Psalm 31

Psalm 31  •  4 min. read  •  grade level: 10
This Psalm needs not much comment to those that are instructed in Christ. It is the confidence, and supplication of the Lord Christ, in His Enos state, as regards the enmity, particularly in its various parts, which did not slacken even to His life. We may compare, according to forementioned principles, Job 19. The reader of the Gospels, especially John, will trace some following of this Psalm, in the language of faith, in the Lord's words I think, too. It is a deeply interesting Psalm.
22. " I said in my haste "; note the same words in Psa. 116:1111I said in my haste, All men are liars. (Psalm 116:11), applicable clearly, in use, to Christ, and leading to the force of the words. Here its use is clear, compare verse 5.
In the previous Psalm, the resurrection is the stable confidence of glory. In this Psalm, the resurrection is the sure answer to distress; so compare the energy of the Spirit in Rom. 8, the " witness with our spirit, that we are sons," " helps mir infirmities," but this, from the knowledge of glory, on the resurrection here in lieu of Jewish prosperity which would not bear trial, and Jewish sorrow to death, which was the depth of trial. "In my prosperity, I said " (Psalm 30:66And in my prosperity I said, I shall never be moved. (Psalm 30:6)), " In my haste, I said " (Psa. 31:2222For I said in my haste, I am cut off from before thine eyes: nevertheless thou heardest the voice of my supplications when I cried unto thee. (Psalm 31:22)), it is rather " in my oppression " or " distress."
What has been said, gives the substance of this Psa. 1 add, however, that Psalm 30 is more a question between God- the hand and judgment of God-and the sufferer, and therefore an appeal specially to Him. Here it is more of circumstances—God is more with Him. It is not " What profit in my blood," but " Into thy hand," there was no other, " I commend my Spirit, for " etc.-here was the Author and Finisher of faith" Thou art my strength." Iniquity, reproachful oppressors within, enemies without-such were the sorrows of Israel, the sorrows of Christ, and the sorrows of the Remnant as owning the nation's sins, as David theirs; so, ever, the Spirit of Christ—It cannot escape from the Body. But, while casting Himself on mercies-the place of the Remnant—His times being in Jehovah's hands, we find good laid up for the righteous, hidden from pride of man without, and from the strife of reproachful tongues within. Then the blessing for the kindness in protecting strength-a strong city. Verse 22 I read as " In the pressure of my Spirit "-the thing was perfectly true, but the utterance of an oppressed Spirit, not the assertion or demand of convicting energy. So " I said in my haste," in the trouble and shrinking of my Spirit from the evil, " all men are liars " (Psa. 116:1111I said in my haste, All men are liars. (Psalm 116:11)); the sense is the same, and the assertion also true, but the utterance, the effect of pressure of Spirit. To this also Jesus submitted, compare Matthew 11 and also John 12, "Then began he," and "Now is my soul troubled, and what shall I say?" Nevertheless—though on the Cross He added this, and the Remnant in their trouble shall have the thoughts as thoughts not true in them, because it was true in Him—He said "I am cut off." Yet Jehovah heard His cry, His cry against His enemies, His cry for life. The end for them is in verses 23, 24. Ani amar'ti b'shal'vi (I said in my tranquility) Psalm 3o: 6 (7) and ani amar'ti b'khoph'zi (I said in my haste), Psa. 31:2222For I said in my haste, I am cut off from before thine eyes: nevertheless thou heardest the voice of my supplications when I cried unto thee. (Psalm 31:22) (23), answer to one another; va ani (and I) making it true in Christ, as taking their place-righteously true in Him in both cases. Not to be cast down if dealt with in se - as righteous, cast out, if viewed as made sin in se, though as to His Person, it was impossible He could be holden, but true in the spirit of unbelief, still working in Israel, because, first, they had not the righteousness; secondly because they had the mercy and faithfulness thereon, in and through Him. This made it bitterness to Him, i.e., His righteousness, but therefore more abundantly proved His fidelity to God, i.e., His perfect knowledge of, and ascription of fidelity to, God—"I trust in thee"; while confidence, i.e., perfection, is so, because it is the ascription of perfection, the ground of that confidence, to God.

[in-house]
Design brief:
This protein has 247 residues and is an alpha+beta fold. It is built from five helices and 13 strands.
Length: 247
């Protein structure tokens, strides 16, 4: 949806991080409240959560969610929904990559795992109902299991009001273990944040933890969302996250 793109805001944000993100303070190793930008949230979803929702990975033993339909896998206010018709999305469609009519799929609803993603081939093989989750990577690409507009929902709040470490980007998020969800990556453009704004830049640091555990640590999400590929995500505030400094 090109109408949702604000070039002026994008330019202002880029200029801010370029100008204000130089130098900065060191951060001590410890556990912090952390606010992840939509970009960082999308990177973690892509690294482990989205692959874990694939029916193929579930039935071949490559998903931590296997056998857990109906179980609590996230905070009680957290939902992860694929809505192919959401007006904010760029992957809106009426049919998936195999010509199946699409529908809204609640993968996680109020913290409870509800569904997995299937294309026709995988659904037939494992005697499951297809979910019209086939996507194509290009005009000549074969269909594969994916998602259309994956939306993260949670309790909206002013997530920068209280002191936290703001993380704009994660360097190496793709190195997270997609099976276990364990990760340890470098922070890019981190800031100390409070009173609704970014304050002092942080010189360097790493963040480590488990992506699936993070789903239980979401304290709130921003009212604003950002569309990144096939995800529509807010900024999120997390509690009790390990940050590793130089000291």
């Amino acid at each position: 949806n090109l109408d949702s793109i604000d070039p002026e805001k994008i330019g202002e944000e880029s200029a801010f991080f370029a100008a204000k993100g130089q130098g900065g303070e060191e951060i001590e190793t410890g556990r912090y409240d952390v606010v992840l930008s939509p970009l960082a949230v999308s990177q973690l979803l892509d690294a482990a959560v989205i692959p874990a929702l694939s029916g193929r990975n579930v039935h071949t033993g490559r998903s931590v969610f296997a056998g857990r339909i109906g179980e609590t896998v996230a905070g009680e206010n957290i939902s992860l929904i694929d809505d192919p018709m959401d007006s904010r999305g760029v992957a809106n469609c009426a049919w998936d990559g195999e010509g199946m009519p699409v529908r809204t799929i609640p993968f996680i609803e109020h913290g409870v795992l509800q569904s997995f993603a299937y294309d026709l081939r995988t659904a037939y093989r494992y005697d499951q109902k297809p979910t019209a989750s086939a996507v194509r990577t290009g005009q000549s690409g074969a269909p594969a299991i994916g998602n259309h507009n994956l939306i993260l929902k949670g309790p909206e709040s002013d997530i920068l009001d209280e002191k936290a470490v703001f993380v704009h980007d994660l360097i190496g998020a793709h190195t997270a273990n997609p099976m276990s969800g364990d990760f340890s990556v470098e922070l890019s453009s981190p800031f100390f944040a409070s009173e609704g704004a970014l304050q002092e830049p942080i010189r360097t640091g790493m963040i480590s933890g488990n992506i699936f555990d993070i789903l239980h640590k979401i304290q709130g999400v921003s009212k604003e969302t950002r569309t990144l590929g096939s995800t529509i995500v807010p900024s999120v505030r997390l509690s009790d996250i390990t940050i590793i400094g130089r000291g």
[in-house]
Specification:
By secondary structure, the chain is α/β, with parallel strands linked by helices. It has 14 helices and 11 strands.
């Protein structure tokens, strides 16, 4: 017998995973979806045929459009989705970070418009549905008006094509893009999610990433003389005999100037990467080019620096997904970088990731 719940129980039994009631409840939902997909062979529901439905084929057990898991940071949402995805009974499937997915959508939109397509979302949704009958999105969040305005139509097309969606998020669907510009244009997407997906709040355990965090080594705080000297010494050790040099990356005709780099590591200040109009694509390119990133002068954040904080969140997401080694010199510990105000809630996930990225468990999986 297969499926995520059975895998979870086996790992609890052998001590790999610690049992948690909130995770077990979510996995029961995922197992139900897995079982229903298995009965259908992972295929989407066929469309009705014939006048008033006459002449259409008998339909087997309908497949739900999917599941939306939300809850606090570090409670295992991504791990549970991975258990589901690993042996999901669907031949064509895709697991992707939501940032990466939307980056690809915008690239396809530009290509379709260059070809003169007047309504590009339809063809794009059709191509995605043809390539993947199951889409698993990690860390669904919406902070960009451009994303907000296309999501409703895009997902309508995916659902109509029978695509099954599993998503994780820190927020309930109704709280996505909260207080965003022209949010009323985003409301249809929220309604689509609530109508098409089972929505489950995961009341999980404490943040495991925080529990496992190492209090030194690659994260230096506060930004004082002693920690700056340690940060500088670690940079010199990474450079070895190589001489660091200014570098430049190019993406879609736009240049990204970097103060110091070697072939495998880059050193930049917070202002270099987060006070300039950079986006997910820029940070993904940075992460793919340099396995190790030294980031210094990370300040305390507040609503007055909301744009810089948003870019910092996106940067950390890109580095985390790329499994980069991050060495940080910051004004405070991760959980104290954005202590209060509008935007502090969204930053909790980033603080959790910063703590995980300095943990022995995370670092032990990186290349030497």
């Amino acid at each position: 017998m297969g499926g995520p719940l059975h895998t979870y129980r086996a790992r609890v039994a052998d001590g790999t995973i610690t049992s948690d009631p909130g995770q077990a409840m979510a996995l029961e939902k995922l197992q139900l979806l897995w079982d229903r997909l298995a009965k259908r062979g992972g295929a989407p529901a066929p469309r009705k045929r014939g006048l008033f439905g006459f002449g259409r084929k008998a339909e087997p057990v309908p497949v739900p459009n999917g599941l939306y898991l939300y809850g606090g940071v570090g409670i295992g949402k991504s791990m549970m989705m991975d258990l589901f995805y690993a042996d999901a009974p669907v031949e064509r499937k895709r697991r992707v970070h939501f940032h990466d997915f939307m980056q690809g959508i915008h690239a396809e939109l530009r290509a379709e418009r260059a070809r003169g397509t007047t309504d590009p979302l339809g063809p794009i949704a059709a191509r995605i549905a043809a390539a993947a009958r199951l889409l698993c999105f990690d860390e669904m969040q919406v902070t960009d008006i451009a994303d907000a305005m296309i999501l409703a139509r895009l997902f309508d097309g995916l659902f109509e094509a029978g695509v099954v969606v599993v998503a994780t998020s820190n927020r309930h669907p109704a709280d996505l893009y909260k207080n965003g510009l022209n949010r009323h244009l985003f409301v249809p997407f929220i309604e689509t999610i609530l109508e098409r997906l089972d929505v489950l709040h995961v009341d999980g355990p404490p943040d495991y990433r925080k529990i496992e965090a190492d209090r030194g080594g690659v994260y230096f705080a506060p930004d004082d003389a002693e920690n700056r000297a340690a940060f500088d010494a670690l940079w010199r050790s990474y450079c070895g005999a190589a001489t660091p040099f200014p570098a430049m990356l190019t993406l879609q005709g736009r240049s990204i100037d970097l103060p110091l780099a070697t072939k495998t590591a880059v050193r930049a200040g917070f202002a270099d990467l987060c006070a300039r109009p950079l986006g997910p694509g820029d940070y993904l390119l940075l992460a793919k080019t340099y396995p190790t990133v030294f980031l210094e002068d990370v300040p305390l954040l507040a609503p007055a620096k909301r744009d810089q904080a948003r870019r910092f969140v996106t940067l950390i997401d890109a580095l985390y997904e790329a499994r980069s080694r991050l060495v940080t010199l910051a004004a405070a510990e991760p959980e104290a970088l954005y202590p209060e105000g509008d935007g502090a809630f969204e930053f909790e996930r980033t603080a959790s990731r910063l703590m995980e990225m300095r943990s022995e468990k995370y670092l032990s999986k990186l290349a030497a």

I am not so sure of the signs of the word emeth (truth), verse 5 (6), but, if correct, “before the sons of men " is the separate part of the sentence by itself. God does it for the Jews, i.e., for the Remnant before the “sons of men."